Ad Hoc Committee established by General Assembly resolution 51/210 of 17 December 1996 Measures to Eliminate International Terrorism Statement of the United States of America Mark A. Simonoff, Acting Legal Adviser

Mark A. Simonoff, Acting Legal Adviser
New York, NY
April 11, 2011


The United States is committed to strengthening multilateral counterterrorism cooperation and reinforcing the role of the United Nations in furthering global counterterrorism objectives.

In this regard, the United States continues to support a Comprehensive Convention on International Terrorism that would strengthen the existing international counterterrorism legal regime and reinforce the critical principle that no cause or grievance justifies terrorism in any form. 

Concerning the outstanding provision on military activities, our preference for concluding negotiations on the basis of language found in existing conventions is well known.  We again note that, beginning with the Terrorist Bombings Convention, the international community has repeatedly agreed on language in seven different counterterrorism instruments, including the two aviation counterterrorism instruments recently adopted in Beijing.  We have not been persuaded that there are deficiencies that need to be remedied in this standard language.  Indeed, it is clear from recent developments that this standard language, and the principles underlying it, have been widely accepted by the international community.

Although our preference for this standard language is well known, the United States has throughout been willing to consider all proposals that do not deviate from the principles underlying the standard language on military activities. Concerning the 2007 proposal, although we have expressed concerns with the language, we have also indicated that the United States is willing to consider the 2007 “compromise” text, without modifications, if that text would bring negotiations to a successful conclusion.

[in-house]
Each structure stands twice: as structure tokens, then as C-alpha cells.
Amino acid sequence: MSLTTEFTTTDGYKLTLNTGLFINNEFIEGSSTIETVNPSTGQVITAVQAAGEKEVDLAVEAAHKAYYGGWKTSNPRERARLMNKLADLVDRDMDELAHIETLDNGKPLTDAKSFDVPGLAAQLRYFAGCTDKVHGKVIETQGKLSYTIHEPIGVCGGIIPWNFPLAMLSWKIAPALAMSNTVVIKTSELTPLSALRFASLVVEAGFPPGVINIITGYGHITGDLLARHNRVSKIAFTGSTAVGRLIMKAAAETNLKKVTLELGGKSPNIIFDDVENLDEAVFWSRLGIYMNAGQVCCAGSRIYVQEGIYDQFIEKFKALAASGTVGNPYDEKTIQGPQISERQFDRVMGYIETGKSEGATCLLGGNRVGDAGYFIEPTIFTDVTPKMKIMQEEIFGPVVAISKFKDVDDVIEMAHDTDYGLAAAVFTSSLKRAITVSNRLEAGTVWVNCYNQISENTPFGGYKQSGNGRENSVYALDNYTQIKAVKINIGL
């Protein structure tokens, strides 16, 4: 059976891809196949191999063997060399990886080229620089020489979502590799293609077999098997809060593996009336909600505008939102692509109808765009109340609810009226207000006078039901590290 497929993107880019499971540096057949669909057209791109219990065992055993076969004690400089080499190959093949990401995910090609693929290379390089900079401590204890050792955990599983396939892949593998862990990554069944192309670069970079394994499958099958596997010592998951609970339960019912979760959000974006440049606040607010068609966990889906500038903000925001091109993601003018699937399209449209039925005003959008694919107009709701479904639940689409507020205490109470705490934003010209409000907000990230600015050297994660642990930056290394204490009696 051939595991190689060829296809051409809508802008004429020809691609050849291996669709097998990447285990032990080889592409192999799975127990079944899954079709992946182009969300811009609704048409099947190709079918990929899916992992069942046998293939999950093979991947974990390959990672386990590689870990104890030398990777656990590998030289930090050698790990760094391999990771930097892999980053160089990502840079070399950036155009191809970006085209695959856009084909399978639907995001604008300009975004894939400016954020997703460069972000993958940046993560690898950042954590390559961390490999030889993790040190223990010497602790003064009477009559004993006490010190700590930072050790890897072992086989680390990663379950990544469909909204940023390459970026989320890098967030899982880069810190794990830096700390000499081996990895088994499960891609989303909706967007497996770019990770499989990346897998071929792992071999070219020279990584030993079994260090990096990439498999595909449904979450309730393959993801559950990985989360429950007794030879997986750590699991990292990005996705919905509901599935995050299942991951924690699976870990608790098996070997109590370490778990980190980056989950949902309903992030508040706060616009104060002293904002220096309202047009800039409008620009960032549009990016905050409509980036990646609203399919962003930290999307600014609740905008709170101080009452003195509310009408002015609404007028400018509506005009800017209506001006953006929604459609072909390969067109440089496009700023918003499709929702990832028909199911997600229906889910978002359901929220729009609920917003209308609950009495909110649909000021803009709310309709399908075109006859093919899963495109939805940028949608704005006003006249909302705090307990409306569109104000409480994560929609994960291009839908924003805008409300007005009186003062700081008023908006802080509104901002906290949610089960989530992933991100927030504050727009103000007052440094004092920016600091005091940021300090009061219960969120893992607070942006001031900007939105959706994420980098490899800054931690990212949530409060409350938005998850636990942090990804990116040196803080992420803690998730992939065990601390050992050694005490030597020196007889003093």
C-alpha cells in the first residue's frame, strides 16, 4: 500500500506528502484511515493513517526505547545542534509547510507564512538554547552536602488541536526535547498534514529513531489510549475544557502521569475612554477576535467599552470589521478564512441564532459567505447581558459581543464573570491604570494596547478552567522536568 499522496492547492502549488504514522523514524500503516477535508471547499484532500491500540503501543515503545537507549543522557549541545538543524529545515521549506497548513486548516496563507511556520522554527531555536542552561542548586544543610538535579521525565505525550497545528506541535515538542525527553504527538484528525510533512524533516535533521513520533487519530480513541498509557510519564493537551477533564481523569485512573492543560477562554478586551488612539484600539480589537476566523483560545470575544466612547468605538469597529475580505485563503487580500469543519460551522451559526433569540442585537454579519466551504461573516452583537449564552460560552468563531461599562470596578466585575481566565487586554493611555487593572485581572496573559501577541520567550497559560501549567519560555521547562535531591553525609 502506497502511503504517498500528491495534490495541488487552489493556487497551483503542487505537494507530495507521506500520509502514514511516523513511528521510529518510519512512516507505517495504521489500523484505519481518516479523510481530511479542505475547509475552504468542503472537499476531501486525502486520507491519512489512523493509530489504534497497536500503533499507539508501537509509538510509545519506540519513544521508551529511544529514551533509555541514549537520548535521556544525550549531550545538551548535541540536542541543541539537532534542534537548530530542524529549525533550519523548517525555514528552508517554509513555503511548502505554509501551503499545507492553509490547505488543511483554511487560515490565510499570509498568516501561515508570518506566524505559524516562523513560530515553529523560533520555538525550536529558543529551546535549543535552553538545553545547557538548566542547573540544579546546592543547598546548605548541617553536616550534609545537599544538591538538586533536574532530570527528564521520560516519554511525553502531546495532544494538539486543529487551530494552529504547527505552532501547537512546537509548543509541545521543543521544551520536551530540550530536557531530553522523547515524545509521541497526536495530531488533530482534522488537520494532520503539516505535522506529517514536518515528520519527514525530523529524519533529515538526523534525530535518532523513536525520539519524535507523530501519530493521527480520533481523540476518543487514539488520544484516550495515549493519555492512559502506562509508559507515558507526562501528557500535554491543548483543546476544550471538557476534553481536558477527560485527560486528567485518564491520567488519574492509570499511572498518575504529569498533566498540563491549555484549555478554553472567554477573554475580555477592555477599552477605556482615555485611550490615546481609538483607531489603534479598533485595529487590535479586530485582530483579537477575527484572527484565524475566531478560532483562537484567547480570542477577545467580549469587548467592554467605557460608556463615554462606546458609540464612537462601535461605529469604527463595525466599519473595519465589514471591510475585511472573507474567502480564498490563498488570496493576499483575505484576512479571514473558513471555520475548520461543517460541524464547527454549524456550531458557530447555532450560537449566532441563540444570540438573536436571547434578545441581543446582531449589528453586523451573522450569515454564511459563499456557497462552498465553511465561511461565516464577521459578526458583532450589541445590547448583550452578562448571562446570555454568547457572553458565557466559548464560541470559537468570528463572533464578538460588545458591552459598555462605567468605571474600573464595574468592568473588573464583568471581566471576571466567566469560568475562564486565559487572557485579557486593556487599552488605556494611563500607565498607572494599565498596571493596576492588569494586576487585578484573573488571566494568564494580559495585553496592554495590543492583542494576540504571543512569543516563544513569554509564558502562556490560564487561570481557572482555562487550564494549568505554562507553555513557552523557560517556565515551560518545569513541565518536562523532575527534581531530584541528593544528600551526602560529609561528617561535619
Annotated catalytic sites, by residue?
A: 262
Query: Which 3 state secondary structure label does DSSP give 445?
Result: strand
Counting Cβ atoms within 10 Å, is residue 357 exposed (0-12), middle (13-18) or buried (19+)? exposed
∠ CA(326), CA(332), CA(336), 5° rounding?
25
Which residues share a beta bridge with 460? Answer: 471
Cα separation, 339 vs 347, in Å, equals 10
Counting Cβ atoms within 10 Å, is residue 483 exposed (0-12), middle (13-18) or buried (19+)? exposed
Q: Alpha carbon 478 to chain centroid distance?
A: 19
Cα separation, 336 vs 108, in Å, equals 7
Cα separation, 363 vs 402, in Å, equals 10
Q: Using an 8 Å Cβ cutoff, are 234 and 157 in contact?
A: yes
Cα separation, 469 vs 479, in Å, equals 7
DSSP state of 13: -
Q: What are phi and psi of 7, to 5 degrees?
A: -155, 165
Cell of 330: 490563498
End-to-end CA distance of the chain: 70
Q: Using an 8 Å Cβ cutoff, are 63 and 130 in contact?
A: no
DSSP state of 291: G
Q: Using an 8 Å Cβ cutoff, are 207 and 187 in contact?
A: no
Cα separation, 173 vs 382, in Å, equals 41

To date, we still have no indication that those who have objected to the standard language found in other counterterrorism instruments are prepared to accept the 2007 compromise proposal.  If those states that cannot accept the standard language are not prepared to accept the 2007 text without further modification, then the United States is skeptical that the current deadlock can be broken at this time. 

The United States remains willing to work within this body to resolve outstanding issues and finalize a comprehensive convention that would affirm that no cause or condition justifies terrorism in any form. We also emphasize that, whatever our differences in the context of these negotiations, there is much more that unites us in our common fight against the scourge of terrorism.  And we will continue to work with the United Nations, and our partners around the world, on efforts to prevent terrorist attacks; hold accountable those who facilitate, support, or undertake such acts; and address the social, economic, and political conditions conducive to the spread of terrorism. 

Thank you.


PRN: 2011/081